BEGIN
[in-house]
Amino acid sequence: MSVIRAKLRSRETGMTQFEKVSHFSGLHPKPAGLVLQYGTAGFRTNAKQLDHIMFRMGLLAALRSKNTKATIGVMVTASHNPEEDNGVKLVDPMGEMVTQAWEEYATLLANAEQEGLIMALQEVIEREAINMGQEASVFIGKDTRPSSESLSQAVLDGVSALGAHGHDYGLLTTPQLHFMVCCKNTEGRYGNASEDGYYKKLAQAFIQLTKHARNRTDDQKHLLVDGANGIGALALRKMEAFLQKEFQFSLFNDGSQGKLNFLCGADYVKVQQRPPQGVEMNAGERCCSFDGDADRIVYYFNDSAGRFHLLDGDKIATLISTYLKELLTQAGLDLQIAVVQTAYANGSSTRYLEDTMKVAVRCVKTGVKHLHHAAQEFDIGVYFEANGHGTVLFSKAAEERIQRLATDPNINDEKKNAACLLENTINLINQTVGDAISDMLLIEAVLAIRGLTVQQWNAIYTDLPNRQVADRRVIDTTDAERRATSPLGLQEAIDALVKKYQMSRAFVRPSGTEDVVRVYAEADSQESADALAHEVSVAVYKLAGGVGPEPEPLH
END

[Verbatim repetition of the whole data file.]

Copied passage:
[in-house]
Amino acid sequence: MSVIRAKLRSRETGMTQFEKVSHFSGLHPKPAGLVLQYGTAGFRTNAKQLDHIMFRMGLLAALRSKNTKATIGVMVTASHNPEEDNGVKLVDPMGEMVTQAWEEYATLLANAEQEGLIMALQEVIEREAINMGQEASVFIGKDTRPSSESLSQAVLDGVSALGAHGHDYGLLTTPQLHFMVCCKNTEGRYGNASEDGYYKKLAQAFIQLTKHARNRTDDQKHLLVDGANGIGALALRKMEAFLQKEFQFSLFNDGSQGKLNFLCGADYVKVQQRPPQGVEMNAGERCCSFDGDADRIVYYFNDSAGRFHLLDGDKIATLISTYLKELLTQAGLDLQIAVVQTAYANGSSTRYLEDTMKVAVRCVKTGVKHLHHAAQEFDIGVYFEANGHGTVLFSKAAEERIQRLATDPNINDEKKNAACLLENTINLINQTVGDAISDMLLIEAVLAIRGLTVQQWNAIYTDLPNRQVADRRVIDTTDAERRATSPLGLQEAIDALVKKYQMSRAFVRPSGTEDVVRVYAEADSQESADALAHEVSVAVYKLAGGVGPEPEPLH